According to another aspect of the present invention, a system for supporting a Caller Identification (Caller ID) service over a data network is disclosed. The system includes a communication network configured to establish a voice session from a calling station to a called station associated with a user. The system also includes a service platform in communication with the communication network. The service platform is configured to obtain Caller ID information corresponding to the voice session, and to determine an instant communication client of the user. The Caller ID information is transmitted over the data network to the instant communication client for display of the Caller ID information.

According to another aspect of the present invention, a system for supporting a Caller Identification (Caller ID) service over a data network is disclosed. The system includes means for obtaining Caller ID information corresponding to a voice session from a calling station to a called station associated with a user; means for determining an instant communication client of the user; and means for transmitting the Caller ID information over the data network to the instant communication client for display of the Caller ID information.

Still other aspects, features, and advantages of the present invention are readily apparent from the following detailed description, simply by illustrating a number of particular embodiments and implementations, including the best mode contemplated for carrying out the present invention. The present invention is also capable of other and different embodiments, and its several details can be modified in various obvious respects, all without departing from the spirit and scope of the present invention. Accordingly, the drawing and description are to be regarded as illustrative in nature, and not as restrictive.

BRIEF DESCRIPTION OF THE DRAWINGS

The present invention is illustrated by way of example, and not by way of limitation, in the figures of the accompanying drawings and in which like reference numerals refer to similar elements and in which:

FIG. 1 is a diagram of a communication system that is capable of providing telephony services to instant communication (IC) clients, according to an embodiment of the present invention;

FIG. 2 is a flowchart of a process for providing Caller Identification (ID) service to an instant communication client, according to an embodiment of the present invention;

FIG. 3 is a diagram of a Caller ID Service Platform used in the system of FIG. 1;

FIG. 4 is a diagram of a user database utilized in the Caller ID Service Platform of FIG. 1;

FIG. 5 is a diagram of an exemplary common instant communication client in support of the Caller ID service, according to an embodiment of the present invention;

FIG. 6 is a flowchart of an administrative process for modifying a profile stored in the user database of FIG. 1; and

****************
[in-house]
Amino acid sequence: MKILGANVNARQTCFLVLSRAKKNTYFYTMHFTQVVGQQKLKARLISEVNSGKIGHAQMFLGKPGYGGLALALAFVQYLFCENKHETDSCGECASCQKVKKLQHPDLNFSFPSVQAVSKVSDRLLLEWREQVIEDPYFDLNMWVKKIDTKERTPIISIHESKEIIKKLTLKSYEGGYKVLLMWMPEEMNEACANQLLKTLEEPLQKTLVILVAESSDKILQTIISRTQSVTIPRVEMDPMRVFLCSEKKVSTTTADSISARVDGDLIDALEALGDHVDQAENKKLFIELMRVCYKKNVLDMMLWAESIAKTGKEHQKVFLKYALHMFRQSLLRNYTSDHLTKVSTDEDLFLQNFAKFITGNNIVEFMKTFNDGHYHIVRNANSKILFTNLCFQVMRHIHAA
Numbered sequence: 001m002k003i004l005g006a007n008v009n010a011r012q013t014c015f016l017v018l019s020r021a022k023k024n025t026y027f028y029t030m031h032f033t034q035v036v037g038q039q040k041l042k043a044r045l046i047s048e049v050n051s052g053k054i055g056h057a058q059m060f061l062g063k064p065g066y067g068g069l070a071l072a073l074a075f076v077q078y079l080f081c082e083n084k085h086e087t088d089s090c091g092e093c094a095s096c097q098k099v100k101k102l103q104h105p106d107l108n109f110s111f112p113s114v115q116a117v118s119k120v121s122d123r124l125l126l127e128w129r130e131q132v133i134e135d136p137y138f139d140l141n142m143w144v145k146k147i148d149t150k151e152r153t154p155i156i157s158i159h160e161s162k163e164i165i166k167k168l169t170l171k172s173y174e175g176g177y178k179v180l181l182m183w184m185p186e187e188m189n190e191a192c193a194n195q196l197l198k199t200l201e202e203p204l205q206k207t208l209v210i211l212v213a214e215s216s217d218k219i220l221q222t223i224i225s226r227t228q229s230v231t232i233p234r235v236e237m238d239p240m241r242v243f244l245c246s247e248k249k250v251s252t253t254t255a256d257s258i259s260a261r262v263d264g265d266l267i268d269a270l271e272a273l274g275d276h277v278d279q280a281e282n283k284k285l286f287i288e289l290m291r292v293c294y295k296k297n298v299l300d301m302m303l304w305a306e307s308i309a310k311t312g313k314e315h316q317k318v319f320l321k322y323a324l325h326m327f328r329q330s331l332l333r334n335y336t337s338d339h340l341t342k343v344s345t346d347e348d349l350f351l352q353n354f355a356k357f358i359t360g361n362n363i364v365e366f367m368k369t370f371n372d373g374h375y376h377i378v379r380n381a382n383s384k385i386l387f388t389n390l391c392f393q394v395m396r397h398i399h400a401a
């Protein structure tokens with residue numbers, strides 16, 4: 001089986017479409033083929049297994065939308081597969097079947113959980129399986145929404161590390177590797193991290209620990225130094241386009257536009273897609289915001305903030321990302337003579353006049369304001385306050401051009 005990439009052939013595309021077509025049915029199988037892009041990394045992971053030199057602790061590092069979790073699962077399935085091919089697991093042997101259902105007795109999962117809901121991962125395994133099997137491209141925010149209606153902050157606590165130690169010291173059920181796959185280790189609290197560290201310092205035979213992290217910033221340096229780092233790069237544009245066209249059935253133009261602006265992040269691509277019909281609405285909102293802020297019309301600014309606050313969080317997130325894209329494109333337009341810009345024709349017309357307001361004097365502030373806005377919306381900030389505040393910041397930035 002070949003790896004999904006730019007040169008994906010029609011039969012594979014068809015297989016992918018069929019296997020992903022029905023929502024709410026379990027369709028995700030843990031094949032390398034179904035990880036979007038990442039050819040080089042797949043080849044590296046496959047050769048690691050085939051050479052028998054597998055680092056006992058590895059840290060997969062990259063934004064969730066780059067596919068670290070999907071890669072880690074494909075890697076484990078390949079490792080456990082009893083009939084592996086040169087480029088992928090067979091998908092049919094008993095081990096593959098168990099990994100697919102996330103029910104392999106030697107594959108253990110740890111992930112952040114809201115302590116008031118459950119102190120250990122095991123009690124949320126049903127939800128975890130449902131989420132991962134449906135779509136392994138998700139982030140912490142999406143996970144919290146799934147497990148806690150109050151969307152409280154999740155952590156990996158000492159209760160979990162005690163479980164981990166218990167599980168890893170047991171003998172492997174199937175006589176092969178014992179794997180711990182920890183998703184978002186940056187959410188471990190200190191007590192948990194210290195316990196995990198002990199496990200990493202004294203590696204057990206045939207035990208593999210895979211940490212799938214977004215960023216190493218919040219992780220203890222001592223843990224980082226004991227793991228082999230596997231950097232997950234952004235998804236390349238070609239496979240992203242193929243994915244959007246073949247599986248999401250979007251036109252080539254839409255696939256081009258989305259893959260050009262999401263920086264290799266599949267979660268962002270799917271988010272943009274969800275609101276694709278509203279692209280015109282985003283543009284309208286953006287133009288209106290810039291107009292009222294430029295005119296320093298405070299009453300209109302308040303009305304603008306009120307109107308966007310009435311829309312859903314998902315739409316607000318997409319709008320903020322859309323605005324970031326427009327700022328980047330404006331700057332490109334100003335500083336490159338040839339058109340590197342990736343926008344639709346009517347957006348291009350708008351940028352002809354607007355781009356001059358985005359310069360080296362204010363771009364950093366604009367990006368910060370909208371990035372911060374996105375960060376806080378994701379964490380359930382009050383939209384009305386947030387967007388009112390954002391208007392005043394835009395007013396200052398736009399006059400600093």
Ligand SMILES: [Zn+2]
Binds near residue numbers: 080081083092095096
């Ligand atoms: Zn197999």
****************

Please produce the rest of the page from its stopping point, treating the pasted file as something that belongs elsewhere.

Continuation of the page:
FIG. 7 is a diagram of a computer system that can be used to implement an embodiment of the present invention.

DESCRIPTION OF THE PREFERRED EMBODIMENT

A system, method, and software for supporting telephony services, such as Caller Identification (CID), over a data network are described. In the following description, for the purposes of explanation, numerous specific details are set forth in order to provide a thorough understanding of the present invention. It is apparent, however, to one skilled in the art that the present invention may be practiced without these specific details or with an equivalent arrangement. In other instances, well-known structures and devices are shown in block diagram form in order to avoid unnecessarily obscuring the present invention.

FIG. 1 shows a diagram of a communication system that is capable of providing telephony services to instant communication clients, according to an embodiment of the present invention. As shown, a Caller ID Service Platform 101 interfaces with a communication network 103 to obtain Caller ID information (CID) (e.g., calling number and called number) for dissemination to an instant communication (IC) (or instant messaging (IM)) client resident, in this example, on a host 105. It is recognized that IC clients are pervasive and can run on multiple types of devices, such as a personal computer, which offers a greater degree of options and services associated. An example of such services includes cataloging, storage, sorting, and retrieval of call activity or integration with other common applications such as email.

The Caller ID information pertains to a voice session established over the communication network 103, which can be a circuit-switched telephony system (e.g., a private telephony network or a Public Switched Telephone Network (PSTN)) or a data network providing Voice over IP (Internet) communication. Irrespective of whether the voice session is a Plain Old Telephone Service (POTS) call or a VoIP call, telephone directory information about a calling station constitutes Caller ID information. Such information can be supplied by a switch 107 or a router or proxy device 109 to the platform 101.